Verse > Anthologies > Henry Wadsworth Longfellow, ed. > Poems of Places > Italy
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Henry Wadsworth Longfellow, ed.  Poems of Places: An Anthology in 31 Volumes.
Italy: Vols. XI–XIII.  1876–79.
 
Tiber, the River
The Tiber
William Shakespeare (1564–1616)
 

CASSIUS.  I was born free as Cæsar, so were you;
We both have fed as well; and we can both
Endure the winter’s cold as well as he.
For once, upon a raw and gusty day,
The troubled Tyber chafing with her shores,        5
Cæsar said to me, “Dar’st thou, Cassius, now
Leap in with me into this angry flood,
And swim to yonder point?” Upon the word,
Accoutred as I was, I plunged in,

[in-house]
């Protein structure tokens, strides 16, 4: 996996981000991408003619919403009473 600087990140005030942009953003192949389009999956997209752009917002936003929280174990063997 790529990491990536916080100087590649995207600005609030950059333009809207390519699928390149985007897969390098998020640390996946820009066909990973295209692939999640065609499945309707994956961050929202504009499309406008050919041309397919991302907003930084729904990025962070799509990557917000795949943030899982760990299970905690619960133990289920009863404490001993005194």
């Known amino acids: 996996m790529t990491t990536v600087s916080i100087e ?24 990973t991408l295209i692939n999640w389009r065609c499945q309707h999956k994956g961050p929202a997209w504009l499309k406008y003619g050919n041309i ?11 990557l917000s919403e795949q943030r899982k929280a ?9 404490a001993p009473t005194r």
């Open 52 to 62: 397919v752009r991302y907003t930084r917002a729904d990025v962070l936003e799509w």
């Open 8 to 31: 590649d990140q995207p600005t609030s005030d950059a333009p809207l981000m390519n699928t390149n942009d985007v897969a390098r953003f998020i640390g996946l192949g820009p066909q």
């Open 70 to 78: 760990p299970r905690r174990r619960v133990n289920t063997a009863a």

And bade him follow: so, indeed, he did.        10
The torrent roar’d, and we did buffet it
With lusty sinews, throwing it aside
And stemming it with hearts of controversy:
But, ere we could arrive the point propos’d,
Cæsar cried, “Help me, Cassius, or I sink!”        15
I, as Æneas, our great ancestor,
Did from the flames of Troy upon his shoulder
The old Anchises bear, so from the waves of Tyber
Did I the tired Cæsar. And this man
Is now become a god; and Cassius is        20
A wretched creature, and must bend his body,
If Cæsar carelessly but nod on him.
 
 
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